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Last updated: 20 Apr 2021
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The FCA releases its second IFPR consultation paper (CP21/7)

The FCA has now published its long awaited second consultation paper CP21/7 – A new UK prudential regime for MiFID investment firms.

The Investment Firm Prudential Regime (‘the IFPR’ or ‘the Regime’) introduces a single proportionate regime for MiFID investment firms regulated by the FCA taking into account their size and business. The ‘Risk Based Approach’ focuses on addressing potential harm to consumers, clients and the market. It also stipulates the amount of liquid assets and regulatory capital levels that a firm must hold.

About the authors

Priya Mehta

+44 (0)20 7556 1372
mehtap@buzzacott.co.uk
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Jonathan Aseervatham

+44 (0)20 7556 1260
aseervathamj@buzzacott.co.uk
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The Investment Firm Prudential Regime (‘the IFPR’ or ‘the Regime’) introduces a single proportionate regime for MiFID investment firms regulated by the FCA taking into account their size and business. The ‘Risk Based Approach’ focuses on addressing potential harm to consumers, clients and the market. It also stipulates the amount of liquid assets and regulatory capital levels that a firm must hold.

Confirming that the Regime will be effective from 1 January 2022, the second CP covers the following key topics:

  • Introduction of ‘Fixed Overheads Requirement’ for all firms as another ‘floor’ below which the own funds of an FCA investment firm must not fall
  • Detailed rules relating to the K-Factors not covered within the first CP. Specifically this CP covers K-ASA, K-CMH, K-AUM and K-COH
  • Clarification on adjustment to calculating the coefficients for the K-DTF
  • Specific proposals on own funds requirements and firm categorisation for firms acting as clearing members and indirect clearing firms 
  • Explanation on the basic and core liquid assets requirements and the type of assets that can be used 
  • Introduction of the ‘Internal Capital and Risk Assessment (ICARA)’ process for all FCA investment firms and setting out the expectation to use this to meet the ‘Overall Financial Adequacy Rule (OFAR)’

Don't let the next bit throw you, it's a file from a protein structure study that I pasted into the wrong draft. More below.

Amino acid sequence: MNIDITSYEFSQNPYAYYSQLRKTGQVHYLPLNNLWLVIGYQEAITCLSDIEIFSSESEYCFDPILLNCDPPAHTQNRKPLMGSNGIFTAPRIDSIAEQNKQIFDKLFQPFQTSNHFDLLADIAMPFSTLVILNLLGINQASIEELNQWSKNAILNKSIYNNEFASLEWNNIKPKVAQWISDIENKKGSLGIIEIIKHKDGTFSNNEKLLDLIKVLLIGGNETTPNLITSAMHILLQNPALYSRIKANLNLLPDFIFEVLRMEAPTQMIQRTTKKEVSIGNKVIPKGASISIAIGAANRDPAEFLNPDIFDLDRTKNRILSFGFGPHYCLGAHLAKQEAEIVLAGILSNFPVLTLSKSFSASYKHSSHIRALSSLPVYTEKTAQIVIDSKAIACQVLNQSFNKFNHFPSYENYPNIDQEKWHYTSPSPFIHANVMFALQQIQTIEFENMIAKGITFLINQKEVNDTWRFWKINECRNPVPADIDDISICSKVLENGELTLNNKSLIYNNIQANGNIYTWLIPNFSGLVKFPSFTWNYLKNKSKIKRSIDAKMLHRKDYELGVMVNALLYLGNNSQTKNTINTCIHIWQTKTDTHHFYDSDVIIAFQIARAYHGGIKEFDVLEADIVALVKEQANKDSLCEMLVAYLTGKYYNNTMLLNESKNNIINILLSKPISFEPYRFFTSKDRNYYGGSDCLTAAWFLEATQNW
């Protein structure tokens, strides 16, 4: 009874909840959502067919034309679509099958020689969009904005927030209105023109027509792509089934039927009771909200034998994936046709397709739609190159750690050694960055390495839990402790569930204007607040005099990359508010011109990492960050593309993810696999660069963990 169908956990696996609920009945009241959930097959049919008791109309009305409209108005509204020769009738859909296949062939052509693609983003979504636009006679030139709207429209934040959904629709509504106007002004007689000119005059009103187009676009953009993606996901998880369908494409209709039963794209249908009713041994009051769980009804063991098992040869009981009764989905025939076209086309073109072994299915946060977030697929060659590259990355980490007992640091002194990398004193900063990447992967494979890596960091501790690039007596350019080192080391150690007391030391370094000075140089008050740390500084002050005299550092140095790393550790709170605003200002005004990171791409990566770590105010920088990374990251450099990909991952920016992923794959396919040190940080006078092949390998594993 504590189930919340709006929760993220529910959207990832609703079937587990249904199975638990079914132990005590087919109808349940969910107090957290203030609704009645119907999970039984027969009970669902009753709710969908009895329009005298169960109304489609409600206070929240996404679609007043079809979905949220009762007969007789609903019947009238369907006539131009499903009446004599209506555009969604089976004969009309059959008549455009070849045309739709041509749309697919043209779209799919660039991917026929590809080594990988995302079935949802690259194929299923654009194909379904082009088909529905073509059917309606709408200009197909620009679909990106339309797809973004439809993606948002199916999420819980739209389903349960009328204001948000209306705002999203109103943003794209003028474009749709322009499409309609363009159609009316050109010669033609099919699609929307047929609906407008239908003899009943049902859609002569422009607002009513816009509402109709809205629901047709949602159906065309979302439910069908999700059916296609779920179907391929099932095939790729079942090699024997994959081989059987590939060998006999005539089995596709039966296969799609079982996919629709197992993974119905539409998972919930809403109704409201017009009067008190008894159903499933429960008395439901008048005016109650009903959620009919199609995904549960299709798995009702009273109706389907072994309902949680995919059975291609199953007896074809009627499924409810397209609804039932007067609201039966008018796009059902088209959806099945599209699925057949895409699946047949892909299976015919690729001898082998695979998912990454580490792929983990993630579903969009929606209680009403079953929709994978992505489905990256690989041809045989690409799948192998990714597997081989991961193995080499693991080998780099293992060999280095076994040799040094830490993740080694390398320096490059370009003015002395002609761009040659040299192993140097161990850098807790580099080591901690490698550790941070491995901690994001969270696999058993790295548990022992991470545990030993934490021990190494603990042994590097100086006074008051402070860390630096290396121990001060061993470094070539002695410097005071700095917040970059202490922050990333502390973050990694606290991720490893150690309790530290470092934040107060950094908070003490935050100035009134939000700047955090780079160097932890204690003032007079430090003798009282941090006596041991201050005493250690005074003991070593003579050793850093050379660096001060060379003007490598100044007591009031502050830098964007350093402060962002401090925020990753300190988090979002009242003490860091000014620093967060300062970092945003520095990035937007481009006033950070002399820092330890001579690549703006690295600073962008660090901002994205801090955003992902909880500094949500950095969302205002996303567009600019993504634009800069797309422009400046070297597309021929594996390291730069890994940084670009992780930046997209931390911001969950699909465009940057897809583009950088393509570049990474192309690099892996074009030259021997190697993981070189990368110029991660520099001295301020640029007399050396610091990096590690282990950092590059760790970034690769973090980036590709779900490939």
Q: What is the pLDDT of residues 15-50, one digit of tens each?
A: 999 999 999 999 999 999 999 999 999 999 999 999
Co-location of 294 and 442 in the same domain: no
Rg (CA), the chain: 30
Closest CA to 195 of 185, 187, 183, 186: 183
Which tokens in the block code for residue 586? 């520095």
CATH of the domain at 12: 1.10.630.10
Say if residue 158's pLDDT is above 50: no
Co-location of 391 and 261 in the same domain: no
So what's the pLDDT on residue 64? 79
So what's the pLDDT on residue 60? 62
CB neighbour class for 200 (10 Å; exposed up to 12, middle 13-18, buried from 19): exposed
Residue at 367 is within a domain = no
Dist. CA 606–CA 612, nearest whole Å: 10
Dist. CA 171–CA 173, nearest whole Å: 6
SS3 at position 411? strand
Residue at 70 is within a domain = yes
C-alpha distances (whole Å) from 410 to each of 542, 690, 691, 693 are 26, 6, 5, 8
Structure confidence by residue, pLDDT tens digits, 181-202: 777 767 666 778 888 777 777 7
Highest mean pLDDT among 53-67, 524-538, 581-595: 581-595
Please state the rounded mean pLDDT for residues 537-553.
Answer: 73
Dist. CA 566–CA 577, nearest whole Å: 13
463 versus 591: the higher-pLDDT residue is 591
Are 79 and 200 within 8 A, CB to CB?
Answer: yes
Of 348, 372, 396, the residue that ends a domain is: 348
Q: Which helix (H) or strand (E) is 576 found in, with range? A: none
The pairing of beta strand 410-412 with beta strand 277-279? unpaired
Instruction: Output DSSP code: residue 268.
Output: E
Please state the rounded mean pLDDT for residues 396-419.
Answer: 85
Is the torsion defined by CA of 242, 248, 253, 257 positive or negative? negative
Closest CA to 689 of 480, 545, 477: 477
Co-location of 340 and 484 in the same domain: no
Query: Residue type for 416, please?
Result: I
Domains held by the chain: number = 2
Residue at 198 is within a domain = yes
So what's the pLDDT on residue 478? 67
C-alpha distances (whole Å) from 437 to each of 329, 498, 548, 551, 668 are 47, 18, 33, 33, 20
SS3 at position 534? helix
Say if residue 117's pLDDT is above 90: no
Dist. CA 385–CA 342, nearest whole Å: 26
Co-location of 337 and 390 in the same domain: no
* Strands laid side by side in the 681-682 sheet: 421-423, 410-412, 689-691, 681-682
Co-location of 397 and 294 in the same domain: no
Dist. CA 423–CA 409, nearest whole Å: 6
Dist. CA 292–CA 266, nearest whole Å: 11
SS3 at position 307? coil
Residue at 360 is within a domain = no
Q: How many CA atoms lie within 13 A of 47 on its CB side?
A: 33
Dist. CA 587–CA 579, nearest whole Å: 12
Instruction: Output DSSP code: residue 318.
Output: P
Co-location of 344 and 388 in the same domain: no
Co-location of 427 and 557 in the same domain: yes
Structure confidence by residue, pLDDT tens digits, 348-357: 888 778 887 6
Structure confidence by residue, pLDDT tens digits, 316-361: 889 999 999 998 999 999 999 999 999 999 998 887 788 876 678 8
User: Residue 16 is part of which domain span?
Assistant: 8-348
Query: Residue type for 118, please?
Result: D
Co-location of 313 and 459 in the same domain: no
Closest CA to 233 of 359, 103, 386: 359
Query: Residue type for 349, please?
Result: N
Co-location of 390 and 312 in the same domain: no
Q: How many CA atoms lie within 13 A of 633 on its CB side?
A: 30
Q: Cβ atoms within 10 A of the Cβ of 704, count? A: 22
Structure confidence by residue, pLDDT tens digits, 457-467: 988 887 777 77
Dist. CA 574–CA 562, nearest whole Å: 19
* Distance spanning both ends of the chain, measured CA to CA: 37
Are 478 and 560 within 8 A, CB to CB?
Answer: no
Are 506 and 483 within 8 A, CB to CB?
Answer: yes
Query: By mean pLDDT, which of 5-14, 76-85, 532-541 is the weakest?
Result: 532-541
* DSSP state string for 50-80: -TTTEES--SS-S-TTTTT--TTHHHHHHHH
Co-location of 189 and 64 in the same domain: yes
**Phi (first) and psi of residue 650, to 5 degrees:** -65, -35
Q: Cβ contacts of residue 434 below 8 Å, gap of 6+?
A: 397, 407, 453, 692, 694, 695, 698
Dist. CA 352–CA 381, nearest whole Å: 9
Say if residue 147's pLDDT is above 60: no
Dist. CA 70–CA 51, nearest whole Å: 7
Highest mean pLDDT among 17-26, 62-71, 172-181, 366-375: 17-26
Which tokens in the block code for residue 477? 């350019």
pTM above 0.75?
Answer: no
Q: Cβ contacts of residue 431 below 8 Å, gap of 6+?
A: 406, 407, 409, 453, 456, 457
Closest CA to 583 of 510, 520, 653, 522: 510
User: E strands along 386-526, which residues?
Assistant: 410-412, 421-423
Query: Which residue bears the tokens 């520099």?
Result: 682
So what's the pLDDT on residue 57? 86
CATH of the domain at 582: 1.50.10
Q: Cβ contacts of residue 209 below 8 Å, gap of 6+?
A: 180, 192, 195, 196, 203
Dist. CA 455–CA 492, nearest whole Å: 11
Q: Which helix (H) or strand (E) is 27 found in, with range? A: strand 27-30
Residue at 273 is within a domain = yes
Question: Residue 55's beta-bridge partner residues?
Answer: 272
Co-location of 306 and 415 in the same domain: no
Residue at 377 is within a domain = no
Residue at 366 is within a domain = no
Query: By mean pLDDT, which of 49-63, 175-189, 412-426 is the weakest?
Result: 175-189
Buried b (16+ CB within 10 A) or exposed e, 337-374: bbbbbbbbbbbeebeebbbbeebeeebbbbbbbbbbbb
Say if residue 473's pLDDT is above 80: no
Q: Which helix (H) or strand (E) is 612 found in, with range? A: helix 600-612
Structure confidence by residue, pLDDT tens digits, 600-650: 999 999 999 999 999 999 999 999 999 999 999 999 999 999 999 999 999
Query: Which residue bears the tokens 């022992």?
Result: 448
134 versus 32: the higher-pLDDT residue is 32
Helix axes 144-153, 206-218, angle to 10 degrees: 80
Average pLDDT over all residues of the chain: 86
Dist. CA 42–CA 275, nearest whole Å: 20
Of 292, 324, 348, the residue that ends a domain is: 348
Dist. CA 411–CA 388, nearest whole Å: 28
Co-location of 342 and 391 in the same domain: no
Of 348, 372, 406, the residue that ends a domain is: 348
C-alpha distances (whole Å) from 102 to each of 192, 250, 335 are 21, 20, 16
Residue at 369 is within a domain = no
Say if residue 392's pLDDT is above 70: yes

• Proposals relating to risk management, governance and Supervisory Review and Evaluation Process (SREP) process and how this would interact with the ICARA and SM&CR
  • Expectations around ‘recovery planning’, ‘wind down planning and triggers’, ‘assessing the adequacy of own funds and liquid assets’ and ‘thresholds monitoring’
  • Expectations relating to a clearly documented Remuneration Policy for all firms including rules relating to proportionality and requirement to have risk, remuneration and nomination committees for large non-SNI firms 
  • Additional Regulatory returns including a new template for ‘Collective Portfolio Management Investment firms (CPMIs) and ICARA reporting form
  • Information on proposed forms for applications and notifications to be made on various topics 

Each of the above subjects unfolds into more complex rules and assessing the impact for your firm is critical. Jointly with the first consultation paper, we now have clarification on all of the following:

  • Classification of firms and thresholds
  • Composition of capital/owns funds and own funds requirement including all nine K-factors as well as the fixed overheads requirement
  • Application of prudential consolidation or qualification for the ‘Group Capital Test’
  • Monitoring requirements relating to concentration risk, liquidity, capital adequacy and thresholds
  • Risk management, governance and review process including the ICARA
  • New regulatory reporting requirements including templates for the new returns and increased frequency of reporting for some firms
  • Remuneration code and proportionality rules applicable based on the size, structure and complexity of firms
  • Transitional rules to allow firms to implement these changes over a five-year time horizon

All of the above is being drafted within MIFIDPRU which will be a new sourcebook within the FCA’s Handbook covering all rules applicable to MiFID investment firms. Accordingly, the FCA intends to retire a significant part of GENPRU and all of BIPRU and IFPRU sourcebooks. 

With the clock ticking, it is imperative for all firms to start an in-depth assessment of the impact of IFPR as there could be some significant gaps between the current prudential rules and the new Regime that will need to be addressed through the rest of the year in order to be compliant by 1 January 2022. 

Although the aim of the IFPR is to create a simplified risk-responsive regulatory structure for investment firms that are not considered systemically dangerous, in the short run the Regime is likely to impose an additional operational and compliance burden and potentially additional capital requirements. 

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